FEMA’s director was unable to coordinate the volunteer firefighters, New Mexico National Guard, and hundreds of other volunteers effectively. Their timely deployment will have saved the lives of civilians and police officers. Moreover, there was no protocol or procedure to reach the President directly. Any aid that came from him was either late or only for use in rebuilding. It was only after three days when Coast Guard cutters engaged in the rescue operations.
Local law enforcement and firefighters faced with overwhelming odds stacked against them braved the devastation for as long as possible. They had completed much of the rescue even before federal resources came into the affected areas. However, the police had to first rescue their own. More than seventy percent of the police force trapped inside their own homes and the lack of a viable communications system, they struggled until 28 August 2005 to gather their numbers together (Anderson and Farber, 2006). The delayed evacuation order from the Mayor made it impossible for a comprehensive search and rescue with thirty percent of the city flooded in New Orleans. The failure of the police contributes to its leadership. The inability of the police to persuade the city managers to sound the alarm two or three days earlier is a critical factor.
The lessons from the aftermath of Hurricane Katrina include the necessity to involve federal infrastructure from the time of the initial warning and not three days after the storm wreaks havoc. FEMA’s infrastructure enables airlifting civilians in large numbers. They also have the capability to restore communication infrastructure instantly for use in rescue operations. The role of local agencies such as police and firefighters is important to guide federal personnel into affected areas. However, the rescue capabilities of the federal agencies are specialized and more appropriate in comparison (Fuentes and Hunt, 2006).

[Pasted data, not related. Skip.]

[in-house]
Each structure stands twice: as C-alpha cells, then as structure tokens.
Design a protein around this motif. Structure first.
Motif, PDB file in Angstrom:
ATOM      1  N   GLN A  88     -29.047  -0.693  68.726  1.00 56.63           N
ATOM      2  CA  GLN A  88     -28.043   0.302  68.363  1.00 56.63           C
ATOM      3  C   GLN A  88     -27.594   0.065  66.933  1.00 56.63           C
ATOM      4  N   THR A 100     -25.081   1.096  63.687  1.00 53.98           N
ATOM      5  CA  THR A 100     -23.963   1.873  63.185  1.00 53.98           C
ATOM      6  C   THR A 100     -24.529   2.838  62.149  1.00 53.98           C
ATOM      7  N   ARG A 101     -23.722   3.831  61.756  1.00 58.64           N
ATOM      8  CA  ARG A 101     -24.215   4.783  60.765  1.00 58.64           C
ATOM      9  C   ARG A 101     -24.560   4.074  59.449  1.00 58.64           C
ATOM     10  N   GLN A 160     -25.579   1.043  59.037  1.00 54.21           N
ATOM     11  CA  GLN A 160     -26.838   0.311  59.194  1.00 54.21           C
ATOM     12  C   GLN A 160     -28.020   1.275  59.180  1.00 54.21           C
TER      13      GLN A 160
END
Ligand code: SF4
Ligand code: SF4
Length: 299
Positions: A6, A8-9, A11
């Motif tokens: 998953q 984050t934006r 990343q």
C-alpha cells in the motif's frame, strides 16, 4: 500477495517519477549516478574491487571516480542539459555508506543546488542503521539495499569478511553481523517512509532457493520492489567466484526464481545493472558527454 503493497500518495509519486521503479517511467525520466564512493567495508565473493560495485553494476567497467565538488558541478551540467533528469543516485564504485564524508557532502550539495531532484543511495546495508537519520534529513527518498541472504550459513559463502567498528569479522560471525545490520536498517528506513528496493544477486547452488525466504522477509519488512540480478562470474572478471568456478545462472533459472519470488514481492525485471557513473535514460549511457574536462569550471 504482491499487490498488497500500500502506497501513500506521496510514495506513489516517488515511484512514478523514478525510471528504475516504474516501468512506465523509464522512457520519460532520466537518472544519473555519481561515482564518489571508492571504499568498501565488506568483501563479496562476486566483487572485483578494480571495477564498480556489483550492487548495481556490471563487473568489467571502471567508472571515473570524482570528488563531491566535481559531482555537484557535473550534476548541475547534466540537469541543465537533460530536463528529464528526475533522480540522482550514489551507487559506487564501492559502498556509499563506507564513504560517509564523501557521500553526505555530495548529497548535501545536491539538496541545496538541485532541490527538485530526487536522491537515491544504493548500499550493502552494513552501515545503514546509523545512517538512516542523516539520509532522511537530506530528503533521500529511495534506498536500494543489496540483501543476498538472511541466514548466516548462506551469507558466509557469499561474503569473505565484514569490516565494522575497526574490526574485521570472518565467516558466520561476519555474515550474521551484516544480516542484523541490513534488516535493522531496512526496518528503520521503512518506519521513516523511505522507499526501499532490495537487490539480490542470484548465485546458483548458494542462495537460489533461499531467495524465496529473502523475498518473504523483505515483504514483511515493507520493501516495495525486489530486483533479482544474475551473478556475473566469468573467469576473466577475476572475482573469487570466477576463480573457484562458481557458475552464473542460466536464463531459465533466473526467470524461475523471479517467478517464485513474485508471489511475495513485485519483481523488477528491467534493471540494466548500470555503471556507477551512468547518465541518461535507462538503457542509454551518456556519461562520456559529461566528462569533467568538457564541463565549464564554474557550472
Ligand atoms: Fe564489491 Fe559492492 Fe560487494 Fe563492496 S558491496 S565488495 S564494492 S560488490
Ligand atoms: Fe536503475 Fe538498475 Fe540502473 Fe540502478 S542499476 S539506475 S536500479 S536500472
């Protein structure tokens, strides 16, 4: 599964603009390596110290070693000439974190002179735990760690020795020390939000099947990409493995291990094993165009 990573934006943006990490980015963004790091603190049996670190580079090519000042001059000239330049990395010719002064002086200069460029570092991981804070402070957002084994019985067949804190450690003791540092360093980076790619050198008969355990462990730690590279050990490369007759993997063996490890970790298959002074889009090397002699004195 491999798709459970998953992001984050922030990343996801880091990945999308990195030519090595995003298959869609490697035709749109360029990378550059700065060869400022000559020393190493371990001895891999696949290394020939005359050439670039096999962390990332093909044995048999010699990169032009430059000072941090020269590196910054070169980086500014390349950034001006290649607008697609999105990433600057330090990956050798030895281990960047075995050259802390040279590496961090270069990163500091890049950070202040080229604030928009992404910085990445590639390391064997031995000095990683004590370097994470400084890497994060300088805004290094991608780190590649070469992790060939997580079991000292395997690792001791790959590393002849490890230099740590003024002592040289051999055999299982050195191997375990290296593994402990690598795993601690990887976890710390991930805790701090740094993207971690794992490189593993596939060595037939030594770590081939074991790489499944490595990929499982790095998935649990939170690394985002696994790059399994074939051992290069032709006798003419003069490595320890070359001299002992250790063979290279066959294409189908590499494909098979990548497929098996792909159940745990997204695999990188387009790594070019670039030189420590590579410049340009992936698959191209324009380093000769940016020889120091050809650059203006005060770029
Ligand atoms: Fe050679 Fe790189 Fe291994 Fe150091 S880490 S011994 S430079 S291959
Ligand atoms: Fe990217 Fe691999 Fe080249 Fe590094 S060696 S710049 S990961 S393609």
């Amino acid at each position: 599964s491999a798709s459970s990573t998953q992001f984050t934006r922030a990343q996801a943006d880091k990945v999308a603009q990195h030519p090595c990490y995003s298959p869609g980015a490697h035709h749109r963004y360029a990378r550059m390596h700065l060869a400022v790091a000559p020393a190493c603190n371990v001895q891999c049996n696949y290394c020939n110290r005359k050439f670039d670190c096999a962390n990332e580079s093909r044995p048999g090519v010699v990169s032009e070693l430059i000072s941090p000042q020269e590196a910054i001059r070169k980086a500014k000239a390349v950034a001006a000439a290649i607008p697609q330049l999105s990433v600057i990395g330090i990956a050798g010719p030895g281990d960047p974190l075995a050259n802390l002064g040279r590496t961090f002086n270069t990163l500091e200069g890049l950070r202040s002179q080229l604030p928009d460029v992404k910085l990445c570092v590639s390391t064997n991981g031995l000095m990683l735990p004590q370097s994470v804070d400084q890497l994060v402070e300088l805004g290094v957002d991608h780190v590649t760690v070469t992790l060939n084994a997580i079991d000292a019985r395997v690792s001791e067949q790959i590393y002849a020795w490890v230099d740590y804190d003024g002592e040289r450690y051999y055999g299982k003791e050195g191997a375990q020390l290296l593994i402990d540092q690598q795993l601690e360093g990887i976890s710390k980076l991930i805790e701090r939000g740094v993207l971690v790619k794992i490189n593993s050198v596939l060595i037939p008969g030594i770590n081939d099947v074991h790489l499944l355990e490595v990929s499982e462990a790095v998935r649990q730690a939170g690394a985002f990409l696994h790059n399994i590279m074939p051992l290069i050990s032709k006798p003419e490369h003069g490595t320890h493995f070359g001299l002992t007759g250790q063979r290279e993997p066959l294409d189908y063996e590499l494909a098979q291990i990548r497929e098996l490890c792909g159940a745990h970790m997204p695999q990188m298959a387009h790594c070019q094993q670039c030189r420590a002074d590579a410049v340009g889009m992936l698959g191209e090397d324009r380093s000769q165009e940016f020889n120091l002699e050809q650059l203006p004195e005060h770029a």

The leaders including the Mayor of New Orleans, the US President, the FEMA director, the US Department of Homeland Security director, and that of local agencies exhibited ignorance and incompetence to handle the situation despite several warnings from weather forecasts. Their indifference carried on even after the storm ravaged the US coastline. The Mayor of New Orleans did not order an evacuation until half of the city’s residents were trapped in some building or property. He refused to use the school buses to transport civilians from the flooding city citing lack of insurance (Adams et al, 2012).
The directors of FEMA and the US Department of Homeland Security pled their case to unexpected devastation. Their preparations were inadequate for the task. The local agencies did not have contingency planning and were themselves trapped inside houses. They could not discharge their duties until a day later since they were busy rescuing their own. The US President did not send troops or any other rescue personnel in a hurry. It took the US President seven days to send help. None of these leaders owned up responsibility for the blunders and continued to pass the blame around (Adams et al, 2012).
The fact is that a natural disaster is a force of nature and we do not have the capability to predict the type of damage it can inflict. Hence, the foremost action is to have a unified command for natural disaster management. This command will take charge of the situation as soon as the storm system is classified as lethal. Instead of waiting for authorizations, this command must swing into action and use local agencies for logistical purposes only. Local agencies have to keep their machinery in order to attend to the regular activities. Only then, there is will be conducive atmosphere for conducting rescue operations.
Moynihan, D. P. (2012). The Response to Hurricane Katrina. Retrieved from: http://irgc.org/wp-content/uploads/2012/04/Hurricane_Katrina_full_case_study_web.pdf
Anderson, W., and Farber, D. (2006). This Isn’t Representative of Our Department. Retrieved from: https://www.law.berkeley.edu/library/resources/disasters/Anderson.pdf
Fuentes, R., and Hunt, J. (2006). Operation LEAD: New Jersey's Statewide Response to Louisiana in the Aftermath of Hurricane Katrina. Retrieved from: http://www.policechiefmagazine.org/magazine/index.cfm?fuseaction=display_arch&article_id=808&issue_id=22006
Adams, T., Anderson, L., Turner, M., and Armstrong, J (2011). Coping through a Disaster: Lessons from Hurricane Katrina. Journal of Homeland Security and Emergency Management. 8(1), 1-15. DOI: 10.2202/1547-7355.1836